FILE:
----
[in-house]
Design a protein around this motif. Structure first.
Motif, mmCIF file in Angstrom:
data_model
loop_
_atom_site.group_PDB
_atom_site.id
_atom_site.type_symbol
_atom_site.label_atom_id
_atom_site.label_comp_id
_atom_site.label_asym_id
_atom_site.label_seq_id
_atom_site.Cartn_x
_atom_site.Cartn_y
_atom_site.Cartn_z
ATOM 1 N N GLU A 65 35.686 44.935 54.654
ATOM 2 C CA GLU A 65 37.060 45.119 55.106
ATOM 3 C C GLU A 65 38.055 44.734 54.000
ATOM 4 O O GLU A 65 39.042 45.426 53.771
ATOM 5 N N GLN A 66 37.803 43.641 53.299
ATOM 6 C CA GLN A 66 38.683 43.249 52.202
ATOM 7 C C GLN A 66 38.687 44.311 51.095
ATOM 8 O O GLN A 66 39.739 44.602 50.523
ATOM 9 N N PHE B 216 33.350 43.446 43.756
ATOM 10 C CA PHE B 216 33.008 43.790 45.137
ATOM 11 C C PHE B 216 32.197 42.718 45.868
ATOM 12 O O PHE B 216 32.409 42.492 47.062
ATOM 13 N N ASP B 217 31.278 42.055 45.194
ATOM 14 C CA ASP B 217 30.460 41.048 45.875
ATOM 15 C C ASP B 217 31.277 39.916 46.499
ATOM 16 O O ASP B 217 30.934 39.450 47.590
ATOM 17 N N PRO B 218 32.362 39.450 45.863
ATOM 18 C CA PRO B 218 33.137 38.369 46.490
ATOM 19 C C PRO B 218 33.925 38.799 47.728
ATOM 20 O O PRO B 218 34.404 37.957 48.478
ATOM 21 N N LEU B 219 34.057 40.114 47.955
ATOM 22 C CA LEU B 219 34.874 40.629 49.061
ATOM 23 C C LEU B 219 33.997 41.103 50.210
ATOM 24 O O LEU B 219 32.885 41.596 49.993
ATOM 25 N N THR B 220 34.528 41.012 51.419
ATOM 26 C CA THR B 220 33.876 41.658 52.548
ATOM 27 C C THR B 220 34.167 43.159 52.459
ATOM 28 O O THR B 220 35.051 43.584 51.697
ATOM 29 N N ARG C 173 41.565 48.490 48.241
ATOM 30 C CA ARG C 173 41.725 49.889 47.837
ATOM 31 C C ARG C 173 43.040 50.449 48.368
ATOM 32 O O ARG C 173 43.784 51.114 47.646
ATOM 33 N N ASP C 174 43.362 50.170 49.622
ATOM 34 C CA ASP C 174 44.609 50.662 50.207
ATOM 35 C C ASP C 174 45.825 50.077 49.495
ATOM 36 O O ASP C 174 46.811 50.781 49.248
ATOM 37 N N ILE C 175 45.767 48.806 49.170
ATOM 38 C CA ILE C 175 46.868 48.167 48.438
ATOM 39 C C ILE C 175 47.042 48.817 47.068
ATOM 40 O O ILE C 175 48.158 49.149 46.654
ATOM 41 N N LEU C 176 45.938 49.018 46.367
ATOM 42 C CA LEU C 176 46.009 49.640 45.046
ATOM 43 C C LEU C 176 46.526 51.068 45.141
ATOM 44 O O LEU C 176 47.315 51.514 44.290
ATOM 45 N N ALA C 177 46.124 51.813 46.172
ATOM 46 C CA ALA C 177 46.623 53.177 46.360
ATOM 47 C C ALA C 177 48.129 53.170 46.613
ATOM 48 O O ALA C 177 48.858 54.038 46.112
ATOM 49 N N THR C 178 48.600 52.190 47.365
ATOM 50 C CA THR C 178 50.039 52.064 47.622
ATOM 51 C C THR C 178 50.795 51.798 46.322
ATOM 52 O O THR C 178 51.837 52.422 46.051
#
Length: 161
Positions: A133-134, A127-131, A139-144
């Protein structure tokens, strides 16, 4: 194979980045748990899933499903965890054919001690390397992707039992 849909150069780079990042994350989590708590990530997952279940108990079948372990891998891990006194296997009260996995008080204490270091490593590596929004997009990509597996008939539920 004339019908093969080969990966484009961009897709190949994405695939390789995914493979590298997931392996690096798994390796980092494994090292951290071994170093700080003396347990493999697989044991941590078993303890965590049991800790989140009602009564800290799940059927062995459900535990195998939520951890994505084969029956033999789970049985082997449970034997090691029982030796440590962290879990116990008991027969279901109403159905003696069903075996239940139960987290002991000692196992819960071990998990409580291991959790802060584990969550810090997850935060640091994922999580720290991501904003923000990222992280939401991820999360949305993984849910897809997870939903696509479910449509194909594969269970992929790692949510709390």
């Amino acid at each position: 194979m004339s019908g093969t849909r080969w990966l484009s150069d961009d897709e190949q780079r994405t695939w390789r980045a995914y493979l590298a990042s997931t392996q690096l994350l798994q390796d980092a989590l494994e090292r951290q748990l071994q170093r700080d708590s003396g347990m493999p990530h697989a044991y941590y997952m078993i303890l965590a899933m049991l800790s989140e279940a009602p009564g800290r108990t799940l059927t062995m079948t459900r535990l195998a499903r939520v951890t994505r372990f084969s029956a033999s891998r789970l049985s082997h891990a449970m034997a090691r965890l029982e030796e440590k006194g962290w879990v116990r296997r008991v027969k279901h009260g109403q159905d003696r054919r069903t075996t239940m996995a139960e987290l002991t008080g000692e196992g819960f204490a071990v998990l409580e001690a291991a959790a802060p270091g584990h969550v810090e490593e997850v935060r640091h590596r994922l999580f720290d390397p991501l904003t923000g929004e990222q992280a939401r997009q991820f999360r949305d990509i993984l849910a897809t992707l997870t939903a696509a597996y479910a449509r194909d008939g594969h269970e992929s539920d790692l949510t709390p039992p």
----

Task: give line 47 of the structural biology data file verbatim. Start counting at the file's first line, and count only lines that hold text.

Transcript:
ATOM 32 O O ARG C 173 43.784 51.114 47.646